The article definitely looks better now after the changes, and since all were fixed I will pass this article as a GA. Wizardman Operation Big Bear 23:16, 1 April 2010 (UTC)
I had forgotten to add the wikiproject Brazil template in this article and I also added its classification as "good article". I don't know if that is allowed or if an article has to be reviewed by the nobility group and the wikiproject Brazil separatedly. If that's case, I'm sorry. Revert it, then. --Lecen (talk) 13:44, 2 April 2010 (UTC)

Removed section[edit]

This is far more appropriate in the article regarding Pedro II, not the Prince himseld. I'm going to use this text on Consolidation of Pedro II of Brazil. --Lecen (talk) 14:49, 12 December 2011 (UTC)

Impact of his birth on Pedro II[edit]

Emperor at the age of 5 and declared of age and fit to begin ruling at 14, Pedro II had been an awkward and shy adolescent, suspicious of everyone around him. He was thrust into a thankless and burdensome role as the national symbol for a country that had almost disintegrated during his childhood, wracked by a long series of widespread provincial rebellions. The death of his parents and his sister Paula during his childhood had created in Pedro II a fear of abandonment and a terror of becoming attached to anyone. The birth of his first son gave him a sense of purpose and belonging that had long been missing.[1]

"Fatherhood", said historian Roderick J. Barman, "gave the emperor the emotional security and the self-confidence so conspicuously missing during his childhood and adolescence."[1] Pedro II found it easier to break out of his social isolation, and he became more open, impartial, and polite.[2] His new confidence and openness allowed him to establish his authority as monarch and take "full control of his life and of the government".[2] Parenthood also produced a marked improvement in his relationship with his wife, Teresa Cristina, whom he had only married in the interests of the empire. The marriage thereafter became a happy one, aided by her faithful dedication, his development of a more stable and mature character, and their growing mutual domestic interests and affection.[3]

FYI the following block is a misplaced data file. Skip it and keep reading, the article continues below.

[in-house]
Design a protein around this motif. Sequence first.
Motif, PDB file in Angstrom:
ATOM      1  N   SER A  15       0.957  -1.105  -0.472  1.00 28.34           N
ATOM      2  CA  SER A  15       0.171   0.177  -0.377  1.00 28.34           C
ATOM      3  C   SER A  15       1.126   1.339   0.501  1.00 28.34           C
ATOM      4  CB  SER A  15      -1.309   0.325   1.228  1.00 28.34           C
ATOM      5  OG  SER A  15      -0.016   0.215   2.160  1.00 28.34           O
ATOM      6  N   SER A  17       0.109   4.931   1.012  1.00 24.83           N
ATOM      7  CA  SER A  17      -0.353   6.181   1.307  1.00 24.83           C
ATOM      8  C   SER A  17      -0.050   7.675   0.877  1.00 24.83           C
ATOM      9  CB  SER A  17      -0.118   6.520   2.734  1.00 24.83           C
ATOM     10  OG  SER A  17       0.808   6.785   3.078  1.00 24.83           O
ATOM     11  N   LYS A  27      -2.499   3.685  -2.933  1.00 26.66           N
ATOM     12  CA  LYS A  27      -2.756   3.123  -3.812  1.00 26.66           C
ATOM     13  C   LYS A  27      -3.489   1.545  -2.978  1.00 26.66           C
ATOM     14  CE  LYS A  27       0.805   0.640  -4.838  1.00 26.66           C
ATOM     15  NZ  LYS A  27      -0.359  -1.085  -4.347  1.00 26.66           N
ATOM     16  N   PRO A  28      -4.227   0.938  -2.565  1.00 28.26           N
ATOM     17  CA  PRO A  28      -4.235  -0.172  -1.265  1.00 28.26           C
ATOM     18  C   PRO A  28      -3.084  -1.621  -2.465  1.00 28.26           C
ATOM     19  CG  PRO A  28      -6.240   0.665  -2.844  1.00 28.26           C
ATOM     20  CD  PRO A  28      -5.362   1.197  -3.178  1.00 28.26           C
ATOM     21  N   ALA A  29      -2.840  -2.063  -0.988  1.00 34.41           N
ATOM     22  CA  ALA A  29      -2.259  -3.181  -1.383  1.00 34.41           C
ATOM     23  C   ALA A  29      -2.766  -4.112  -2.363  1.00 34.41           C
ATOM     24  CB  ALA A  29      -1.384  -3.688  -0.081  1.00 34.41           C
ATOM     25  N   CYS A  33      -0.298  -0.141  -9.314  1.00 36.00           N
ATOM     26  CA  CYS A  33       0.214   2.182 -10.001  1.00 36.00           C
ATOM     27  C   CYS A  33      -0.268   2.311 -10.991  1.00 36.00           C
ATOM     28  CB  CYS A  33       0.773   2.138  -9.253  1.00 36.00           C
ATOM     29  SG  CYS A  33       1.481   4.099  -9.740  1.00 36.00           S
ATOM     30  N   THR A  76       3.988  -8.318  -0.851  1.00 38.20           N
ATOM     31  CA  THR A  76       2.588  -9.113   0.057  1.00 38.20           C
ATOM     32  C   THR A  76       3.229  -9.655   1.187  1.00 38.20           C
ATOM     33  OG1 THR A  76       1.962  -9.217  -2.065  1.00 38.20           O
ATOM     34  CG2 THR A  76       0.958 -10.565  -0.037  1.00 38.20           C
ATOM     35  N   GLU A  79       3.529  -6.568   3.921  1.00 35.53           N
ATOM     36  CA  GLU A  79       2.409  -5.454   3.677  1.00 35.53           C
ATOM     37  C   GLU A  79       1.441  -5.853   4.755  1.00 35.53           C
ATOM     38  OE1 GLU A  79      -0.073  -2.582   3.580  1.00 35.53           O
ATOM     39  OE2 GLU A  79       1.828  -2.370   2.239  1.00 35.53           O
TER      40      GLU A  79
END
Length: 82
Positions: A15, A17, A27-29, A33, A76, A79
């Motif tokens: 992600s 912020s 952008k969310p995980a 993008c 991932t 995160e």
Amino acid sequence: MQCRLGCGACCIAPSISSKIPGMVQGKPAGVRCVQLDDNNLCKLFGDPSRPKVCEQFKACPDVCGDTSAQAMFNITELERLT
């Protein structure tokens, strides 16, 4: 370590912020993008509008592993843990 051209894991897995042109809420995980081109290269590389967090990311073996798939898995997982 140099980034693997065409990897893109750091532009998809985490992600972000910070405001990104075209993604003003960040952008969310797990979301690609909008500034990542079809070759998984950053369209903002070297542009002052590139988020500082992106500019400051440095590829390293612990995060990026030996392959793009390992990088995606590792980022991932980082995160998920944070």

1. ^ a b Barman 1999, p. 111.
  2. ^ a b Barman 1999, p. 109.
  3. ^ Barman 1999, p. 126.


Wikipedia:Today's featured article/requests/Afonso, Prince Imperial of Brazil --Gerda Arendt (talk) 21:47, 14 January 2015 (UTC)

How in the merry hell did this get to be a Daily Featured Article?[edit]

From what I can see, this got to be a DFA with the support of just two editors, which doesn't speak well for the process.

But leaving that aside, and that it's startlingly short for a FA, the article makes a number of unsourced assertions. Beyond that, the highly speculative "Legacy" section -- pinning the downfall of the Brazilian Empire solely on this child's death -- comes from just a single source, and I'd rather want more sources backing up assertions of that magnitude ... at least in a FA. Respecting that this is a Daily FA is the only reason I don't slap a few tags on the article, but it needs a good bit of work for FA status, or else ought to be promptly downgraded to a "B" or "C" article. Ravenswing 10:52, 23 February 2015 (UTC)